ABUJA, Nigeria needs steady growth to fully recover from its worst economic recession in more than two decades, an economic expert told Xinhua on Thursday.
The Abuja-based economist said the end of the recession in Nigeria was a good development but the country’s economic growth remained fragile and vulnerable to external shocks and policy slippage.
Muye Yahaya said cruel choices or policies, aimed at adding value to all sectors of the economy, were needed as quickly as possible.
It is through such policies that the economy, which pulled out of recession early September, can be on the path of smooth development and stability, Yahaya said.
“Such cruel or important choices are needed to accelerate the construction of institutions to stimulate economic growth and restructuring the economy,” he said.
Yahaya, like many other analysts in Nigeria, thinks the outlook for more growth looks positive for the country.
He urged the government to make honest painful structural changes to support its priority sectors of the economy.
“Nigeria needs a national consensus to reduce borrowing and to invest more in agriculture, mining sector and supports small-scale industries.”
“The country also needs to improve the business climate by upgrading corporate governance, promoting venture capital investment, redesigning policies for small and medium-sized enterprises, known as SMEs, that will raise productivity, which is the only way to regain a sustainable growth rate,” the expert said.
Among other areas that needed urgent attention for economic revival, the expert said the local tax structure could also encourage industrial revival.
Many experts have said that there are different stages Nigeria must go through before ordinary Nigerians will feel the effects of going out of recession, adding figures suggesting growth do not translate into an improvement in the quality of growth.
On Sept. 5, data by the Nigerian government showed a notched-up growth of 0.55 percent in the second quarter of 2017, from -0.91 percent in the first quarter of 2017 and -1.49 percent in the second quarter in 2016.
The economic recovery was driven by improved performance in the oil, agriculture, manufacturing and trade sectors.
The Nigerian economy had contracted for five consecutive quarters since the first quarter of 2016, slipping into recession for the first time in more than two decades in August 2016.
The economy had depended on oil, its mainstay, for 70 percent of state revenues and 90 percent of export earnings.
Nigeria’s economic challenges were compounded by lower oil prices on the international market since mid-2014, which caused a huge fall in government revenues, weakened local currency and dollar shortages.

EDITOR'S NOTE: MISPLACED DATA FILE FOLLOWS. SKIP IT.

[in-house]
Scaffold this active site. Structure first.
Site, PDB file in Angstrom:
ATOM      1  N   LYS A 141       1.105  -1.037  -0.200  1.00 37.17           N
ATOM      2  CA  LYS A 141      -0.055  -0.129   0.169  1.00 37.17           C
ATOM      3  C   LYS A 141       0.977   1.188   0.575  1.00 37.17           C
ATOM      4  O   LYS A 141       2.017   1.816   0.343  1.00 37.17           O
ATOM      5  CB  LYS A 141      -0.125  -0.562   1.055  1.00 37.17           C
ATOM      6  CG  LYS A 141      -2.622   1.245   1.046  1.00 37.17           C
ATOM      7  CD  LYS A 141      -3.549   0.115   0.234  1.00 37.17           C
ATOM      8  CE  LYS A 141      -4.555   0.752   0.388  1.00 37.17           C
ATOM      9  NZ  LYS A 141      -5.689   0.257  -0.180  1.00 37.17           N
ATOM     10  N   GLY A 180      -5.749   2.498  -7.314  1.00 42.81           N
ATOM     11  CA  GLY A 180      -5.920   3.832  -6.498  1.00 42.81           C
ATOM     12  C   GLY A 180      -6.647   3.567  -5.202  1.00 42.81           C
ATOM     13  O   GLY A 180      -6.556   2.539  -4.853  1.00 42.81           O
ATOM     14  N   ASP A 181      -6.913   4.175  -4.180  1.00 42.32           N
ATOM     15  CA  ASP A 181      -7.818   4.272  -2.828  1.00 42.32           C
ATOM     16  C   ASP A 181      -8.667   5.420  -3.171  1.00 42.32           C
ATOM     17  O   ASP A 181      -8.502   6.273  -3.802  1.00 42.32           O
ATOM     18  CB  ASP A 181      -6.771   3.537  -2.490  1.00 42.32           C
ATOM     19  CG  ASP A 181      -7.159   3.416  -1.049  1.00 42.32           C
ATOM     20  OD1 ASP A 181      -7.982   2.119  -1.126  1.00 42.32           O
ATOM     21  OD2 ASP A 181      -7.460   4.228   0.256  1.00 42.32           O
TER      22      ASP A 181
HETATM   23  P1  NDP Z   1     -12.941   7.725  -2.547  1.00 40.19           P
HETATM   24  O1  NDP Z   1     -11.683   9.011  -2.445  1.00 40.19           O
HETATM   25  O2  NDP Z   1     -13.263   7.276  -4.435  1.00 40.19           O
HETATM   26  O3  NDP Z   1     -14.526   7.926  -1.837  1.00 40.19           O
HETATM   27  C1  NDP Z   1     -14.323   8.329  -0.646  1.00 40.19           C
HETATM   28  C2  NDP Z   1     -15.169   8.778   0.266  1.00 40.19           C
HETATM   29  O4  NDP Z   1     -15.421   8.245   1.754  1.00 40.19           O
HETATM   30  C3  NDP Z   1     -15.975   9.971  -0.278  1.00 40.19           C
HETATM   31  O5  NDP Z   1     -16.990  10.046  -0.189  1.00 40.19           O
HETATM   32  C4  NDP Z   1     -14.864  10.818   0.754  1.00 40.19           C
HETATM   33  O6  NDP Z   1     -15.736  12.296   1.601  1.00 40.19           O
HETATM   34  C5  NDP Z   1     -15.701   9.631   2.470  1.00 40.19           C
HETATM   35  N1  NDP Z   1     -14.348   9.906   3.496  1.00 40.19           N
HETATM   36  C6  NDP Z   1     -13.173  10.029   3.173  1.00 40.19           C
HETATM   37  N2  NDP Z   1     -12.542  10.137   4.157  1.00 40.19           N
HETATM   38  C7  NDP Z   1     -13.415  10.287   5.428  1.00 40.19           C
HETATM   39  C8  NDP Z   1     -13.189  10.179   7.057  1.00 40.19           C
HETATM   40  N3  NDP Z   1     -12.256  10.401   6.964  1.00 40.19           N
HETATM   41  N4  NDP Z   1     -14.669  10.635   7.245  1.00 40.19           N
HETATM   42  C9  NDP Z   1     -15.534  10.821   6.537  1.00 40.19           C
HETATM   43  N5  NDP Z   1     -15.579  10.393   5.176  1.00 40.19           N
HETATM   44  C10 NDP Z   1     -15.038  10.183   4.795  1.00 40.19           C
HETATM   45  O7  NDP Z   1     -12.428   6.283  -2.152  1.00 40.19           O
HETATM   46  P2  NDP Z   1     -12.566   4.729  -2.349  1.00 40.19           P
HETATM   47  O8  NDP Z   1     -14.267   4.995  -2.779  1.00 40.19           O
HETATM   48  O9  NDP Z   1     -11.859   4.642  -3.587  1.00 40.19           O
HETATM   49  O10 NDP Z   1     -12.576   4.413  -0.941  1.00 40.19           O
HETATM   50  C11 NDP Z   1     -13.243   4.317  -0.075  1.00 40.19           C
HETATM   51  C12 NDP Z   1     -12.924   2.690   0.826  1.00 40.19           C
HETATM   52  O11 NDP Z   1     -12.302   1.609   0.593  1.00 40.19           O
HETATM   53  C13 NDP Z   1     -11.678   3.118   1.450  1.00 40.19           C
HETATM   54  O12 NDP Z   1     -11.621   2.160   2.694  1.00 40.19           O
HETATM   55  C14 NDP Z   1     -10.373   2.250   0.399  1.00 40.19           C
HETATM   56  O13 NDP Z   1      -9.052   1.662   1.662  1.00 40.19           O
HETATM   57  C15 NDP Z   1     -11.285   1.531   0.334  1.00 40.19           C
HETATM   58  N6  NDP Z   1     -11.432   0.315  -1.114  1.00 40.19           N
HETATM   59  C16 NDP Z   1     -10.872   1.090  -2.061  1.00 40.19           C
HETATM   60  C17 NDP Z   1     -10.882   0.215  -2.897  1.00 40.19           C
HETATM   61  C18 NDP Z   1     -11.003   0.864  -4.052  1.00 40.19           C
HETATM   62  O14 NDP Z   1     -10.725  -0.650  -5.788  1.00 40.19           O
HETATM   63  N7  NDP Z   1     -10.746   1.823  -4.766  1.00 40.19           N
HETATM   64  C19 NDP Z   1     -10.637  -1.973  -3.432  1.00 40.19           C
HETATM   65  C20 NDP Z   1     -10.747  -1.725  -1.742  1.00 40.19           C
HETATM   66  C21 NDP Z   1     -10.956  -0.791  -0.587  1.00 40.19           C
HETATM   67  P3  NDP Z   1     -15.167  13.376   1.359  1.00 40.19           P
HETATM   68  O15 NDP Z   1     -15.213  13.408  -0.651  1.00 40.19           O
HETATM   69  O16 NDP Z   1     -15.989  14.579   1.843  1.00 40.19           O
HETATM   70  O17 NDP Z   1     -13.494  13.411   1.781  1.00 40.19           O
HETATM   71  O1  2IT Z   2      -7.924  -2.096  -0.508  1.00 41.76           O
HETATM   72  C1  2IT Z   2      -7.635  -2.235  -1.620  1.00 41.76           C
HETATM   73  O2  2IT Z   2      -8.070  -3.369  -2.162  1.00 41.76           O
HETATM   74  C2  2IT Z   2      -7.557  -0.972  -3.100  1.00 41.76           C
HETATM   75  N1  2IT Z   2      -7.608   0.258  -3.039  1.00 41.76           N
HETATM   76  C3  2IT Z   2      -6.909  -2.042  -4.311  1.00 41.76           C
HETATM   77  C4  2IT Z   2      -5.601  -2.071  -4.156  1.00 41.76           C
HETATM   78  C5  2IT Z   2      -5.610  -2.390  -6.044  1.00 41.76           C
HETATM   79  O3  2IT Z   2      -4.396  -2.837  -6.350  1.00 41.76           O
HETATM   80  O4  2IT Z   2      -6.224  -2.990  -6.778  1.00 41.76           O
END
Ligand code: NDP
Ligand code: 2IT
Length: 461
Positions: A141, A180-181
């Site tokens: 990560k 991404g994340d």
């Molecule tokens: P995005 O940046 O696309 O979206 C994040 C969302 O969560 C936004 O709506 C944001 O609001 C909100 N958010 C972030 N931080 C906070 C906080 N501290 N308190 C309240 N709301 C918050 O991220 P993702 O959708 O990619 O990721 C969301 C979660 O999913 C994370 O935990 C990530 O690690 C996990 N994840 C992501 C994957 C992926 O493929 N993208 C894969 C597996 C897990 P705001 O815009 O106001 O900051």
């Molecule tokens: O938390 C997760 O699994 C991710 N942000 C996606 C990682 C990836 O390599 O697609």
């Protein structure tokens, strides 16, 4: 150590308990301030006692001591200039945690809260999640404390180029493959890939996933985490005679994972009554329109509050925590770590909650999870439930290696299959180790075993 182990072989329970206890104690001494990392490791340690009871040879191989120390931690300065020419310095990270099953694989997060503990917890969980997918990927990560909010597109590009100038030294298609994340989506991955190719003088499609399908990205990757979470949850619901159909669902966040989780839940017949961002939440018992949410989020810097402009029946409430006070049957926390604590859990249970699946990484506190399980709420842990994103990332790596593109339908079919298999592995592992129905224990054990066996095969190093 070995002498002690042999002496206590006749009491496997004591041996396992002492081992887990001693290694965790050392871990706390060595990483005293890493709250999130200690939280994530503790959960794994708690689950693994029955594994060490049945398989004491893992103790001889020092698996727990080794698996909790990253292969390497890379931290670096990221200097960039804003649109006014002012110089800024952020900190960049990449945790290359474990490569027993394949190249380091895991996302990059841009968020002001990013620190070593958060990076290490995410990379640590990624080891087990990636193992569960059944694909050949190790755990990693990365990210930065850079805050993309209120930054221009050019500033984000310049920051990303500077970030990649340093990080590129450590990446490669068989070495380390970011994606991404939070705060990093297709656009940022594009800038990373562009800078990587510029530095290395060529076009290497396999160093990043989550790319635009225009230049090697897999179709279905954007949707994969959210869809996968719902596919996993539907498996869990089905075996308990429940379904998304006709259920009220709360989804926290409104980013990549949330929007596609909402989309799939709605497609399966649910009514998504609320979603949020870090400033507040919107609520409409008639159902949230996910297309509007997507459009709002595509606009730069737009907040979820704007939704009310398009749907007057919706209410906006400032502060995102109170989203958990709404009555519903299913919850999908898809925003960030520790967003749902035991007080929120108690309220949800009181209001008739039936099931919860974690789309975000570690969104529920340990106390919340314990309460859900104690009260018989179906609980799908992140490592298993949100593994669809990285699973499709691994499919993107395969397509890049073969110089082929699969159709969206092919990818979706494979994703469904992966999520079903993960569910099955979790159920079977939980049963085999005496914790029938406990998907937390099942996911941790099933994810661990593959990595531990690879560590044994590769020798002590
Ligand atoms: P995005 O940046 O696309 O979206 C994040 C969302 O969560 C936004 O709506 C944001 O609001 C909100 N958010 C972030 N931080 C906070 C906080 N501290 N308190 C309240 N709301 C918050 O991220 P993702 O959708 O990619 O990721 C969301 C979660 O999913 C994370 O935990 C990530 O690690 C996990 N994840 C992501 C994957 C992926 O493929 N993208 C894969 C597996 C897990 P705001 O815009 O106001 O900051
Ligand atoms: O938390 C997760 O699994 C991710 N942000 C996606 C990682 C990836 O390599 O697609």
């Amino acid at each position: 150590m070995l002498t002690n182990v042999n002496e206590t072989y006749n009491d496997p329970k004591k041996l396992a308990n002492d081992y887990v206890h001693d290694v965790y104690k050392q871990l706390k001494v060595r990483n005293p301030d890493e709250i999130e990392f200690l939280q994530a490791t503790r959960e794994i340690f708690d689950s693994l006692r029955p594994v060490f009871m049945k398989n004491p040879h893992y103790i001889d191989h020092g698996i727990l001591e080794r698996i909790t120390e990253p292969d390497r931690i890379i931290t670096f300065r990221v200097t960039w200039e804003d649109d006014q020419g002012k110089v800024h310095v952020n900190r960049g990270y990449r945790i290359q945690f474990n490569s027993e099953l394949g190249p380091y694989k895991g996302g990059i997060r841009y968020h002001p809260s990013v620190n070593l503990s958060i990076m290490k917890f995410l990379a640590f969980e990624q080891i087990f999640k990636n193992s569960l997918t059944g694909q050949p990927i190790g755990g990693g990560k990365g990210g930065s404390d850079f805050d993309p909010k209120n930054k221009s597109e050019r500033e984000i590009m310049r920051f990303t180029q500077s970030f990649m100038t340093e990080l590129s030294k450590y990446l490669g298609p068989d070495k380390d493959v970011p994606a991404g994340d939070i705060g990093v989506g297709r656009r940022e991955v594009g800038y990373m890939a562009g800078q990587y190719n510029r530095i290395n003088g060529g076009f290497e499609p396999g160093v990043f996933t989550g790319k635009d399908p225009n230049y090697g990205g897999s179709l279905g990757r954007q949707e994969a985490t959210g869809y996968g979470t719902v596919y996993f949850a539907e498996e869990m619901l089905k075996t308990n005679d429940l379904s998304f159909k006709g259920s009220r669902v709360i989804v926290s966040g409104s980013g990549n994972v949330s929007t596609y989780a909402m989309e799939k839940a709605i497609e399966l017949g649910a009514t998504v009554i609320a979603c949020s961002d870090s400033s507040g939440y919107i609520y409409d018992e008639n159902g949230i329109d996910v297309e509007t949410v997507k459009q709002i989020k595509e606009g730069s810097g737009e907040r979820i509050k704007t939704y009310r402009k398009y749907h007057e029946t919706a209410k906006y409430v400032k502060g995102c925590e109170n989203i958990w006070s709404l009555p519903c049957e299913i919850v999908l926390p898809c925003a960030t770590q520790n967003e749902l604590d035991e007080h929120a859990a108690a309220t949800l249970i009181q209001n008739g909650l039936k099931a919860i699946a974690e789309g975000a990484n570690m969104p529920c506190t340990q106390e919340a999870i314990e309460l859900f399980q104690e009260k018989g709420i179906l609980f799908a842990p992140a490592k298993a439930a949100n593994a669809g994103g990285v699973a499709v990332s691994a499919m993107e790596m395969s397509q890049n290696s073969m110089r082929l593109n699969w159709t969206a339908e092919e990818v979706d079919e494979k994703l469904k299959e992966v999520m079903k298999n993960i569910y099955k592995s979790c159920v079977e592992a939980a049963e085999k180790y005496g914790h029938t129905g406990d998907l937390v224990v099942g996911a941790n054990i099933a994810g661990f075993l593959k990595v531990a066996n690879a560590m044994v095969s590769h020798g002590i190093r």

Its economic woes were exacerbated by militant attacks on key oil infrastructure in the restive Niger Delta.
The economy rebounded partly as there had been improved performance in non-oil sectors of the Nigerian economy in the second quarter.
Nearly 60 percent of the non-oil sector’s contribution to the gross domestic product is influenced by the oil sector.
The positive growth seen in agriculture, when the rest of the economy was contracting, was maintained at 3.01 percent.
Manufacturing growth was also positive, at 0.64 percent, although it was lower than the previous quarter’s growth of 1.36 percent, a noticeable improvement over the -3.36 percent experienced in the second quarter of 2016 and a continuation of the turnaround of the sector.
The official data showed that solid minerals, one of the main priorities of the government, had continued to grow since the second quarter of 2016, by 2.24 percent.
The overall industry as a whole grew by 1.45 percent in the second quarter of 2017, after nine successive quarters of contraction, starting in the fourth quarter of 2014.
The development was somewhat overshadowed by the continued decline in the services sector, which accounts for 53.7 percent of GDP.
Electricity and gas, and financial institutions grew by 35.5 percent and 11.78 percent respectively in the second quarter of this year.
GDP figures indicated cautious optimism, especially as inflation had continued to fall, from 18.72 percent in January to 16.05 percent in July.
Nigeria’s foreign exchange reserves had similarly improved from a low of 24.53 billion U.S. dollars in September 2016 to about 31 billion dollars in August 2017.
Nigeria’s capital importation grew by 95 percent year-on-year, driven by portfolio and other investments but also notably by foreign direct investment, which increased by almost 30 percent over the previous quarter.
Source: NAM NEWS NETWORK